Heartbleed a big threat on Internet

A plague at the heart of the Internet. Anyone who ventures online should be aware of the risks posed by Heartbleed, the biggest threat to Internet security in at least a couple of years. All Internet users need to respond to its reality.

What is it? Heartbleed isn’t a virus, but a software bug a distressing flaw in web encryption technology, specifically a defect in the widely used Open SSL cryptographic software library.

Heartbleed was recently detected by Google Security researcher Neel Mehta and researchers at Internet security firm Codenomicon. They determined that all versions of OpenSSL released between March 14, 2012, and April 7, 2014, contained the bug. This flaw in RAM is hugely problematic, as popular open-source Web servers like Apache and ngnix use OpenSSL to protect user security.

What kind of damage can it do? SSL is the software that gives you the secure connection (https://) on assorted websites. Potentially, the Heartbleed flaw in OpenSSL can let identity thieves snare enormous numbers of username/password combinations from such websites without a trace.

What websites are still vulnerable? The list is changing (and fortunately, decreasing) daily. Head to the respected tech website Mashable.com for a frequently updated “Heartbleed Hit List” (Google “Heartbleed hit list” and you’ll get there in a click).

Some vulnerable websites have promptly patched the Heartbleed defect, and this means that you should be changing your password at those websites, which include Facebook, Pinterest, Google, Yahoo! and others. If you don’t, you are leaving yourself open to identity theft.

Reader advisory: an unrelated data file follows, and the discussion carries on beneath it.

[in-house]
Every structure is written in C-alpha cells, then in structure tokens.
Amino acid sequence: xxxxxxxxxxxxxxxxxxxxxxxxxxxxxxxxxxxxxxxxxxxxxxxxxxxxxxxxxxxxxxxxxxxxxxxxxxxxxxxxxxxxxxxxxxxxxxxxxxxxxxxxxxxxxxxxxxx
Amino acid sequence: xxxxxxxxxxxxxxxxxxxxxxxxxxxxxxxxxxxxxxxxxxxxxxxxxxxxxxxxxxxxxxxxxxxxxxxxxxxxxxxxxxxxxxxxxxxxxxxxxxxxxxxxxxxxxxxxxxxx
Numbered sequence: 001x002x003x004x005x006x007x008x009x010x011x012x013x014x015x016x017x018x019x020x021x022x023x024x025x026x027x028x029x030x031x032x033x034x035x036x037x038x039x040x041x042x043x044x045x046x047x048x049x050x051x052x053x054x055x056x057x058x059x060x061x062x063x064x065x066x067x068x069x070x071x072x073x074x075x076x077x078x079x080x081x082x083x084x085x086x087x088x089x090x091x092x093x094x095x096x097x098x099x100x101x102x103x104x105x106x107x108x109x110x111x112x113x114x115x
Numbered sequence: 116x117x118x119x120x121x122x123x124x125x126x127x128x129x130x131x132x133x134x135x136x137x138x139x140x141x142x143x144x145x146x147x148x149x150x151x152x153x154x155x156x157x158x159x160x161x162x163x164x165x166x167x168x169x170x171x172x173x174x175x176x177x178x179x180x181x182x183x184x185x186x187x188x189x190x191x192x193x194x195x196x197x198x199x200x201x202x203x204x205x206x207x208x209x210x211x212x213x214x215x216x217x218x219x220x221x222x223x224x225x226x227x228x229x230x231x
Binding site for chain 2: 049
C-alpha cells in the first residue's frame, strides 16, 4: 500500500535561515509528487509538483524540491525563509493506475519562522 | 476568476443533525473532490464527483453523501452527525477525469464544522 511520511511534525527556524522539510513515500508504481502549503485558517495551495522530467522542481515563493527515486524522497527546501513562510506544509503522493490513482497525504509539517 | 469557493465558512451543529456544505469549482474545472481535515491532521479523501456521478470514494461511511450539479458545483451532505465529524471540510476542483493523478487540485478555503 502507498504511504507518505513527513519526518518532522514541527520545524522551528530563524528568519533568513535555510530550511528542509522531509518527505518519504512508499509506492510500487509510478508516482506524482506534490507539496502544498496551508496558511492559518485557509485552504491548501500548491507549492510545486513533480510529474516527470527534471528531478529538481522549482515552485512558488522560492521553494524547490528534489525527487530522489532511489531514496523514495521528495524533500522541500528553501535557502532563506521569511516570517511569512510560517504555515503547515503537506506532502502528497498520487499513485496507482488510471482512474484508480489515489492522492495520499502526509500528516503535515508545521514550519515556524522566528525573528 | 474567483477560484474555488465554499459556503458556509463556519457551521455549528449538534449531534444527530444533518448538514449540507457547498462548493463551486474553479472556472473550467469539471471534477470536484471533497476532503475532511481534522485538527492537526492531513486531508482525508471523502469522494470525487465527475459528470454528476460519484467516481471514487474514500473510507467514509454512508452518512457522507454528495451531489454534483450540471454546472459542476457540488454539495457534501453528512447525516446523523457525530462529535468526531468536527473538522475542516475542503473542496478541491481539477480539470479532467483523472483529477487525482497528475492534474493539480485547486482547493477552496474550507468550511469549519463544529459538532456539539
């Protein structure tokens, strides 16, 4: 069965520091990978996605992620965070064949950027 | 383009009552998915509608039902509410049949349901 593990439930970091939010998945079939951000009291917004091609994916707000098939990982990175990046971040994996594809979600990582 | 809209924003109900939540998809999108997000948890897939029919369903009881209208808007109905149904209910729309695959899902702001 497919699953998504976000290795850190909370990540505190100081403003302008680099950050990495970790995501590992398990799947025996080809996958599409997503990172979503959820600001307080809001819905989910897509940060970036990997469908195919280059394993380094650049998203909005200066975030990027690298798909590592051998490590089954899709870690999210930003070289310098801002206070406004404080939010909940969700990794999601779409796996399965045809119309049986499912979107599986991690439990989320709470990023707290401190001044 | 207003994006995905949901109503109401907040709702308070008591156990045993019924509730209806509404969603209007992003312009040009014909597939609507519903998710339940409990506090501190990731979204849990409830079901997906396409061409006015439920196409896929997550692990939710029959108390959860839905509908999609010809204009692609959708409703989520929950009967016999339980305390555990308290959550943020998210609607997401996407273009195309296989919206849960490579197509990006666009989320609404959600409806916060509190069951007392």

Fortunately, very few of the big banking and day trading websites use OpenSSL; none have reported security issues so far. LinkedIn, AOL, PayPal and eBay also report that they are unaffected. The IRS reports no problems with its website.

How can you protect yourself? Head to Mashable.com’s list to see where you must change your password. Change passwords at those websites, and don’t use the same new password for one site at another.

Some people like to use password managers such as Dashlane and LastPass these are software programs that generate random, unique and very strong passwords for websites you visit, and which automatically enter them for you. You will actually never know these passwords; they will be hidden behind a single master password.

Italian cybersecurity specialist Filippo Valsorda has a tool (filippo.io/Heartbleed/) where you can test a website (specifically, its server) to see if it is suffering from Heartbleed. Type in the website address and hit “go”; if the website is “all good”, it has been patched for Heartbleed, but your password should still be changed anyway as a precaution; if the test finds it “vulnerable,” that means you should refrain from changing a password for the moment and wait for the site to be secured. If you change passwords prior to the site being secured, you may actually be putting yourself at greater risk than you previously were.

Be safe, stay alert. While the response to Heartbleed has been necessarily swift, it reminds us that we need to be vigilant and that online security can sometimes be overstated. So change those relevant passwords for sites that have been patched, if you haven’t done so already.

Rebecca Schoonover may be reached

at 304-637-2168 or

Rebecca.schoonover

@ceterais.com

www.citizenswv.com

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